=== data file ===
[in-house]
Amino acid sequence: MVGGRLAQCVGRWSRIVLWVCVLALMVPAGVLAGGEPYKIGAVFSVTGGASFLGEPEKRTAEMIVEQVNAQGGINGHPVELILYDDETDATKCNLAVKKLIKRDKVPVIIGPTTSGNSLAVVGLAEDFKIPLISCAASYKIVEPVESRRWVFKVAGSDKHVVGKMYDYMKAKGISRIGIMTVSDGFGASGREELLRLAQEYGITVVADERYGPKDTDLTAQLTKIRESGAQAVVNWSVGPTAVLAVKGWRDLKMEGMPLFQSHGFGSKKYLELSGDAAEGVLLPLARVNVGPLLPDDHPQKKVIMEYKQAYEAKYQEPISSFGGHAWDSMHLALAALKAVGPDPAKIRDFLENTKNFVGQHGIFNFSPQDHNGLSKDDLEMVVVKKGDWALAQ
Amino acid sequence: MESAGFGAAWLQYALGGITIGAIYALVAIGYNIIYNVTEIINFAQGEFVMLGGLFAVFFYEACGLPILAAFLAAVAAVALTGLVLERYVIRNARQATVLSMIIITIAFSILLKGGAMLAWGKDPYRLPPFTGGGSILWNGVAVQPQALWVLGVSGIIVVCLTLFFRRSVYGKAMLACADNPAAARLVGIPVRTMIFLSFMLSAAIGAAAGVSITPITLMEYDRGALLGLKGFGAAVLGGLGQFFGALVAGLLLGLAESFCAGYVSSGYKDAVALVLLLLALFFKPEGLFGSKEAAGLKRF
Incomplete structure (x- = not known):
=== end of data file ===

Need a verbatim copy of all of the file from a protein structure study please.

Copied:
[in-house]
Amino acid sequence: MVGGRLAQCVGRWSRIVLWVCVLALMVPAGVLAGGEPYKIGAVFSVTGGASFLGEPEKRTAEMIVEQVNAQGGINGHPVELILYDDETDATKCNLAVKKLIKRDKVPVIIGPTTSGNSLAVVGLAEDFKIPLISCAASYKIVEPVESRRWVFKVAGSDKHVVGKMYDYMKAKGISRIGIMTVSDGFGASGREELLRLAQEYGITVVADERYGPKDTDLTAQLTKIRESGAQAVVNWSVGPTAVLAVKGWRDLKMEGMPLFQSHGFGSKKYLELSGDAAEGVLLPLARVNVGPLLPDDHPQKKVIMEYKQAYEAKYQEPISSFGGHAWDSMHLALAALKAVGPDPAKIRDFLENTKNFVGQHGIFNFSPQDHNGLSKDDLEMVVVKKGDWALAQ
Amino acid sequence: MESAGFGAAWLQYALGGITIGAIYALVAIGYNIIYNVTEIINFAQGEFVMLGGLFAVFFYEACGLPILAAFLAAVAAVALTGLVLERYVIRNARQATVLSMIIITIAFSILLKGGAMLAWGKDPYRLPPFTGGGSILWNGVAVQPQALWVLGVSGIIVVCLTLFFRRSVYGKAMLACADNPAAARLVGIPVRTMIFLSFMLSAAIGAAAGVSITPITLMEYDRGALLGLKGFGAAVLGGLGQFFGALVAGLLLGLAESFCAGYVSSGYKDAVALVLLLLALFFKPEGLFGSKEAAGLKRF
Incomplete structure (x- = not known):